How to Choose the Right HOA

Living in a community with an HOA comes with many benefits. However, homebuyers must learn more about the community and what it offers to ensure it’s a good fit for their lifestyle. To choose an HOA that’s right for you:

  • Find the rules. HOA rules, powers, and obligations are written down in their governing documents. Read through these relevant papers and make sure you’re willing and able to live by them.

  • Research the fees. Every HOA homeowner will need to pay fees. Ask precisely what those fees are and what they do and do not cover.

  • Make sure the HOA’s in good financial standing. Ask to see your potential HOA's reserve study. Well-run associations will have a thorough budget, along with some robust savings.

  • Talk to residents. These people could be your future neighbors! Ask for their perspective on the finances, management company, operations, and any neighborhood politics.

  • Check out the amenities. Be sure to find amenities that suit your lifestyle. Walking paths, pools, and pickleball courts are some popular HOA amenities.

  • Get involved. You can attend meetings, ask to review past HOA meeting notes, or attend a community event to get to know the neighborhood.

What are the Pros and Cons of an HOA?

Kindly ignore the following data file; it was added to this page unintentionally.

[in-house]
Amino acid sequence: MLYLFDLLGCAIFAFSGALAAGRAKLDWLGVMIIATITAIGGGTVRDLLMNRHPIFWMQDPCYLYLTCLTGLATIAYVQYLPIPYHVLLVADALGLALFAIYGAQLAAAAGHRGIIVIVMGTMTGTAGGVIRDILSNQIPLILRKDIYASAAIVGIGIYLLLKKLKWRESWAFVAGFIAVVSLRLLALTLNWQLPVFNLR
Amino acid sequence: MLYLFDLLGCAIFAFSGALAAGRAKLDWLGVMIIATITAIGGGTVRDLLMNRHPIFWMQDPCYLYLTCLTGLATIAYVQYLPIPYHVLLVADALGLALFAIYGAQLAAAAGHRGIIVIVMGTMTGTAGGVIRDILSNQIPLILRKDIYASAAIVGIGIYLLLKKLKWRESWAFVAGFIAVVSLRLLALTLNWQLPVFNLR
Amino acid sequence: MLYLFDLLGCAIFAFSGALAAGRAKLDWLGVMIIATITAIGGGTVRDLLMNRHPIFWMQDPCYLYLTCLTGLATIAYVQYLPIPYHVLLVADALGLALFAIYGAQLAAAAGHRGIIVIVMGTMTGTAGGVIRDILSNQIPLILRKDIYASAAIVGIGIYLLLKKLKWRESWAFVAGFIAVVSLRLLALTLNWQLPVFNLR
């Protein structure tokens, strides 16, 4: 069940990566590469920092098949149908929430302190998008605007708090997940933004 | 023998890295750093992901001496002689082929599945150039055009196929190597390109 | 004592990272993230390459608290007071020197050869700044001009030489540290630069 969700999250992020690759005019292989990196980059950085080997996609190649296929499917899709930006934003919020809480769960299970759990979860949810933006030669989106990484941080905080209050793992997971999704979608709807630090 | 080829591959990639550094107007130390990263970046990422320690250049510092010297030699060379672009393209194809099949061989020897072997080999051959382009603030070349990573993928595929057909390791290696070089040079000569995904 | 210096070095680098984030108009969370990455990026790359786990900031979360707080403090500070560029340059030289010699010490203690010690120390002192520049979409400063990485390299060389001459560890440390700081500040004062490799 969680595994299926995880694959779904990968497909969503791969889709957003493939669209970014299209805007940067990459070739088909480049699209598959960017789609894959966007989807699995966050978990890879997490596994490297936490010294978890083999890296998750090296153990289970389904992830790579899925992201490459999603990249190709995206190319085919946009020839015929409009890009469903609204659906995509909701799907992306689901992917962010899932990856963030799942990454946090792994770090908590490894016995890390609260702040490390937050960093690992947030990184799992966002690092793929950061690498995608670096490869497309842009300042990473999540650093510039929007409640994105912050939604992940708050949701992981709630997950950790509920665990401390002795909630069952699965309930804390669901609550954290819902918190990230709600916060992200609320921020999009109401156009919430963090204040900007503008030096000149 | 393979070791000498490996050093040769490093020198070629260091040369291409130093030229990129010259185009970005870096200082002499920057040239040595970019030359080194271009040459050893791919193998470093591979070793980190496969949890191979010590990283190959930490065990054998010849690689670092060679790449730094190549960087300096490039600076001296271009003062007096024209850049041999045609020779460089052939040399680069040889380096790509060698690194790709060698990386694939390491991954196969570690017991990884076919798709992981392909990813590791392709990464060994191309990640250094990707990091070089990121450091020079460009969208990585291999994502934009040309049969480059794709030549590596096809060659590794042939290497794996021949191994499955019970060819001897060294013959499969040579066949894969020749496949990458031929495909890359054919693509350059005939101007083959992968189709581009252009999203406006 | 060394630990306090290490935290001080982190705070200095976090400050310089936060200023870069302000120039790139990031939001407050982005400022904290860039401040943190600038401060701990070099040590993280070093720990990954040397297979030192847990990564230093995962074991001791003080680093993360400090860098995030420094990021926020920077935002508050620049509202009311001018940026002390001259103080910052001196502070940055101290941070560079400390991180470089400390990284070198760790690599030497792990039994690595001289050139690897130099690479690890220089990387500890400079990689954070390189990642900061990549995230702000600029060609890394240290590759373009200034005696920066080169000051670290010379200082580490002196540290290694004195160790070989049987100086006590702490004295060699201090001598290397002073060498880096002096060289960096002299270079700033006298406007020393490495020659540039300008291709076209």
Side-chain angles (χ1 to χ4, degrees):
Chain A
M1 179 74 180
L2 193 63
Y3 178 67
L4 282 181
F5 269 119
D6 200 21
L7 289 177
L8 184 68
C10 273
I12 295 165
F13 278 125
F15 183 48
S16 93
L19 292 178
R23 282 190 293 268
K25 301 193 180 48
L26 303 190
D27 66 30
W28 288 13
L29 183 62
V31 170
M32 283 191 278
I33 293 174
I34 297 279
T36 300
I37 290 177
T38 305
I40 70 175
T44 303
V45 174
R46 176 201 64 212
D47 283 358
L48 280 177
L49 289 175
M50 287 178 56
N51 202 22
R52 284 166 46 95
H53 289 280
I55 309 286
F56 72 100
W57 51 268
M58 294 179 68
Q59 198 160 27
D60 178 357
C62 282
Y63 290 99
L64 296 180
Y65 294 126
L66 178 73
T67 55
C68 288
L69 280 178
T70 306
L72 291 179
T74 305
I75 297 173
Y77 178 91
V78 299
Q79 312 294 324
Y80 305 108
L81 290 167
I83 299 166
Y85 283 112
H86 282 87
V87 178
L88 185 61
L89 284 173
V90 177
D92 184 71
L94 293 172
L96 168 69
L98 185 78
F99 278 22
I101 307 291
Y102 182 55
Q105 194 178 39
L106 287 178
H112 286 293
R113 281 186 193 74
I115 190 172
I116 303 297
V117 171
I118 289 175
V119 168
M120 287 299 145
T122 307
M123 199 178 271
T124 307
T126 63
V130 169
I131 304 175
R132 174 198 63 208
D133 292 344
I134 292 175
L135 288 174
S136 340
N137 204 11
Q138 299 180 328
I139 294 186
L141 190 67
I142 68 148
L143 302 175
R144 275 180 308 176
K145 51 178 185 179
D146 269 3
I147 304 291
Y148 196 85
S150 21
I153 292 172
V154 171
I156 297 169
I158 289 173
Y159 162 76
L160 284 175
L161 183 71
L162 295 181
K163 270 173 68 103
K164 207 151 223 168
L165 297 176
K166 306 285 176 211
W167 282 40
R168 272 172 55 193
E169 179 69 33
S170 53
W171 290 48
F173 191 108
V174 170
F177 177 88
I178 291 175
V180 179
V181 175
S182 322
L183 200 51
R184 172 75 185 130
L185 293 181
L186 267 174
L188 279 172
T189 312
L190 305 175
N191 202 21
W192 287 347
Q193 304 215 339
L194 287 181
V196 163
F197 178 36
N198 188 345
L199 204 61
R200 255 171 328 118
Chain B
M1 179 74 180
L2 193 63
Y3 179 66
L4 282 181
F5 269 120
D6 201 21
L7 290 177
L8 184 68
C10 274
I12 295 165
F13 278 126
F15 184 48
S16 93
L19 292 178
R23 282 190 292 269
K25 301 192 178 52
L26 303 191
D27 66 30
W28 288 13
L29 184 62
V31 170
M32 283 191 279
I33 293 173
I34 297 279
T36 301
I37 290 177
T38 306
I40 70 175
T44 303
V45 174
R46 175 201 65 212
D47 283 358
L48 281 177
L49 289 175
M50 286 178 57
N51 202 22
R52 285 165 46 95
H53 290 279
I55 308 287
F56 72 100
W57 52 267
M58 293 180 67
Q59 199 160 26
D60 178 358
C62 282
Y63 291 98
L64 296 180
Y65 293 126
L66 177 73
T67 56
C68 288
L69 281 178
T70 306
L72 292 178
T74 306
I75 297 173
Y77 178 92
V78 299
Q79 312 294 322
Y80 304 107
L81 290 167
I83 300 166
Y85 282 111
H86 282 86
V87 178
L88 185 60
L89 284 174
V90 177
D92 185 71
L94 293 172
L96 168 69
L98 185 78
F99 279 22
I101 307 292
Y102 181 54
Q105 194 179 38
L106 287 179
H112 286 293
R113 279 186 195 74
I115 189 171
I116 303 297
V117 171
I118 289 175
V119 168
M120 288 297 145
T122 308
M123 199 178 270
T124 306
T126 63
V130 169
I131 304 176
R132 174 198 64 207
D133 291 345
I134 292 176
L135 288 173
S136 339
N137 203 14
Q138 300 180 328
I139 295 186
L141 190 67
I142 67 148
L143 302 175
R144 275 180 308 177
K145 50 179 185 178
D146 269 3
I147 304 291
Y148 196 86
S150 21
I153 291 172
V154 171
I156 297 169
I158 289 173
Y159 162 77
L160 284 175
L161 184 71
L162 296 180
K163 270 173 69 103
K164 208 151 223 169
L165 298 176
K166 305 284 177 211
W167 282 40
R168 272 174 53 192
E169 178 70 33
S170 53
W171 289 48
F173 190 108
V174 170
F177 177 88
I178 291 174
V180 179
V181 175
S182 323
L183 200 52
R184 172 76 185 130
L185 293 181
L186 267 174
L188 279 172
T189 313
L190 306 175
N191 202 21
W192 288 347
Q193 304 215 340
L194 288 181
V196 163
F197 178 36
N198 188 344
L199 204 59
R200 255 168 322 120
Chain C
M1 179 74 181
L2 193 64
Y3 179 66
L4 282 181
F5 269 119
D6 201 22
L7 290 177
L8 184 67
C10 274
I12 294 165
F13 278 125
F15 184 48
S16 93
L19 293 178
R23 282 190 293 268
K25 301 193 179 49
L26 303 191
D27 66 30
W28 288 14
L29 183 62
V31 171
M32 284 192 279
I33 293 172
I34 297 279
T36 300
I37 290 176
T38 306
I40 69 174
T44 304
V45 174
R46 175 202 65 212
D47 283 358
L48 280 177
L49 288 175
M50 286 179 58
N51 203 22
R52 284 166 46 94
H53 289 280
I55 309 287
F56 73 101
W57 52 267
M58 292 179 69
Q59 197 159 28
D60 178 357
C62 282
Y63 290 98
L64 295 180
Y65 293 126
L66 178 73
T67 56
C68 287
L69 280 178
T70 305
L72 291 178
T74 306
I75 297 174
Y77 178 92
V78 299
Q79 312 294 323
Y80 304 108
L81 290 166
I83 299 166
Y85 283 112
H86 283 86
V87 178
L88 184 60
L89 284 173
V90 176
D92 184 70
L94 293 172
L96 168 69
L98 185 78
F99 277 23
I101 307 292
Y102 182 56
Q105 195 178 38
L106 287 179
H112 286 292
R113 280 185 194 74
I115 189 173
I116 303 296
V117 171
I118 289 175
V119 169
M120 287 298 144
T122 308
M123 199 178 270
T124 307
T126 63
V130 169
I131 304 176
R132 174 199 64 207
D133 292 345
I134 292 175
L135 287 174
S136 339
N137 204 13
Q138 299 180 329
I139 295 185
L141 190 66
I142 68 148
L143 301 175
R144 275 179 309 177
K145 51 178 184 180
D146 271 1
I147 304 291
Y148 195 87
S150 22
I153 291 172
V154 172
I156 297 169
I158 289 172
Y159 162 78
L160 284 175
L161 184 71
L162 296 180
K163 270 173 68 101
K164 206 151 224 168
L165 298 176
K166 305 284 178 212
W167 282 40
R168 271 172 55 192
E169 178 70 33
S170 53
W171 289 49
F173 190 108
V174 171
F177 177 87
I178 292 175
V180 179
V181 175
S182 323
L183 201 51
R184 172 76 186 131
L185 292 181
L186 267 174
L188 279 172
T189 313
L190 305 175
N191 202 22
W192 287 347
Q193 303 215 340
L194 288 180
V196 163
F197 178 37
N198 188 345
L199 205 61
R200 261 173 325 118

HOAs can help residents feel more ownership, connection, and pride in their neighborhoods with shared spaces, amenities, and standards that keep the community looking and functioning at its best. However, some potential homebuyers may have hesitations about HOAs. It’s essential to explore HOA pros and cons before buying your home in a managed community. Here are a few pros and cons of an HOA.

  • HOA pros: Many HOAs offer stable property values, a sense of community, convenient amenities, and neighborhood safety.

  • HOA cons: The cons of HOA living may include abiding by rules, paying dues, and experiencing poor management under a lackluster board.

Want to learn more about HOAs?

If you want to learn more about what an HOA is and how they operate, then check out our post, "HOA 101: Basic Terms & Definitions." You can learn more about common words and phrases used in HOA communities and what each means.